The eastern edge of our yard is adjacent to a perennial creek. The other side of that creek is occupied by a strip of alluvial forest. Mature sycamores, river birches, water oaks, maples, sweet gums, and tulip poplars tower beside us — sentinels of our eastern border.
Until recently, that forest climbed the ridge behind it, creating a wide swath of ideal habitat for wildlife. But my neighbor chose to have that ridge clear-cut two years ago. It was painful to hear and see the destruction of this healthy forest. I count myself fortunate that the giant machines wielding terrifying saws couldn’t cut the trees beside the creek. The ground was too soft and dissected by tributary streams.
Now that time has healed the raw destruction, I have managed to find an up-side to this change in the neighboring forest. The bare ridge allows light to penetrate the remaining forest much more easily. Before the clear-cut, sunrises were almost non-events. Morning color was usually gone by the time the light had topped the trees.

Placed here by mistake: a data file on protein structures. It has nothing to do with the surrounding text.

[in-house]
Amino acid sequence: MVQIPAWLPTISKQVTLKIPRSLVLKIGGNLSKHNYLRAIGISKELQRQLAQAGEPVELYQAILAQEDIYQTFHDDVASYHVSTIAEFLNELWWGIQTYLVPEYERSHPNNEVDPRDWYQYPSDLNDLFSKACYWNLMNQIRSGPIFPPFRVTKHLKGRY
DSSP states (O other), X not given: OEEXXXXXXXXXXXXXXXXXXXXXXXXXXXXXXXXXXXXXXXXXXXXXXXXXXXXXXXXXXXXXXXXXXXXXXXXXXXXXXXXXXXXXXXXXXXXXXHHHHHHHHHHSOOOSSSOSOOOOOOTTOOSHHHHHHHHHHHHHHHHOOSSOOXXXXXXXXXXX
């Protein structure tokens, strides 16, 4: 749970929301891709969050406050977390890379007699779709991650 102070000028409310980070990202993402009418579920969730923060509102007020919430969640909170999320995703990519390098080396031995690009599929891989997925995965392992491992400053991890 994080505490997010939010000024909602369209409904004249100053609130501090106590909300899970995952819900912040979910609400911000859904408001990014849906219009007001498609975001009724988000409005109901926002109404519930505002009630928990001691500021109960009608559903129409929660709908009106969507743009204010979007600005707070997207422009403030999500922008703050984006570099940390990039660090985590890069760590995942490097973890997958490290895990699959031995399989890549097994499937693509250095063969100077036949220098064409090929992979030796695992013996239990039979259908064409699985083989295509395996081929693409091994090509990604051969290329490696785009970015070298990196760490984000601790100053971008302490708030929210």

But now — now I am treated every non-cloudy morning to breathtaking winter sunrises. Bare branches and tall trunks of remaining border sentinels stand in dark silhouette against a varying canvas of color. Some mornings paint the sky with Easter egg pastels — pale lavenders and soft peaches. Some mornings set my eastern border on fire with vivid scarlets, neon magentas, and rich golds.
What does this have to do with piedmont gardening? Everything, my friends. The piedmont environment of our homes and gardens was most likely forest before we all showed up. In my opinion, that forest must not be forgotten in the rush to build more strip malls and suburbs. Our native wildlife needs that forest. And we need some version of that forest to be connected to the heart of what this region has been and should remain.
As I admire a succession of winter sunrises, I am daily reminded of the importance, power, and beauty of piedmont forest. The image in the header at the top of this blog is a photograph of one of those sunrises. Wonder Spouse (and ace photographer) was kind enough to capture our eastern border framed in light. He tells me he plans to create headers for each season. I know they will all be as beautiful as this one.
I thought you might like to see the photo from which he extracted the header. Enjoy this winter sunrise. And meditate with me on ways to incorporate the seasonal beauty and power of piedmont forest into our home landscapes.